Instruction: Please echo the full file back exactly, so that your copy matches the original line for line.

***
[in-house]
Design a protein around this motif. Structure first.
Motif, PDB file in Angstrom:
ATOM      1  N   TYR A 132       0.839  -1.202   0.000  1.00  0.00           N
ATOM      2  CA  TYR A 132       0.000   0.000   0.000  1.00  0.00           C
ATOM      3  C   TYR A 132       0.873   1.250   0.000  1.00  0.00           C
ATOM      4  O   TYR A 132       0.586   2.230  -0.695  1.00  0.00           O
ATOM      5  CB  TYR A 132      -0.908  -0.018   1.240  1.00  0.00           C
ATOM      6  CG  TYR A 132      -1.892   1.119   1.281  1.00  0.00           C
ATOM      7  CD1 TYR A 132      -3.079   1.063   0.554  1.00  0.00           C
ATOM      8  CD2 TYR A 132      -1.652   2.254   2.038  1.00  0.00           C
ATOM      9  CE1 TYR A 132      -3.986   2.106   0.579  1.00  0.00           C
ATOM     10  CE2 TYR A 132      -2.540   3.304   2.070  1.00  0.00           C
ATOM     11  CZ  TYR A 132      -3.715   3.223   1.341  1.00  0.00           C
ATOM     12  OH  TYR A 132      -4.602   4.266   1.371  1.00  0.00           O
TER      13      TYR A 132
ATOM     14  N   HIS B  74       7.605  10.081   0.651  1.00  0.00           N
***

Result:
[in-house]
Design a protein around this motif. Structure first.
Motif, PDB file in Angstrom:
ATOM      1  N   TYR A 132       0.839  -1.202   0.000  1.00  0.00           N
ATOM      2  CA  TYR A 132       0.000   0.000   0.000  1.00  0.00           C
ATOM      3  C   TYR A 132       0.873   1.250   0.000  1.00  0.00           C
ATOM      4  O   TYR A 132       0.586   2.230  -0.695  1.00  0.00           O
ATOM      5  CB  TYR A 132      -0.908  -0.018   1.240  1.00  0.00           C
ATOM      6  CG  TYR A 132      -1.892   1.119   1.281  1.00  0.00           C
ATOM      7  CD1 TYR A 132      -3.079   1.063   0.554  1.00  0.00           C
ATOM      8  CD2 TYR A 132      -1.652   2.254   2.038  1.00  0.00           C
ATOM      9  CE1 TYR A 132      -3.986   2.106   0.579  1.00  0.00           C
ATOM     10  CE2 TYR A 132      -2.540   3.304   2.070  1.00  0.00           C
ATOM     11  CZ  TYR A 132      -3.715   3.223   1.341  1.00  0.00           C
ATOM     12  OH  TYR A 132      -4.602   4.266   1.371  1.00  0.00           O
TER      13      TYR A 132
ATOM     14  N   HIS B  74       7.605  10.081   0.651  1.00  0.00           N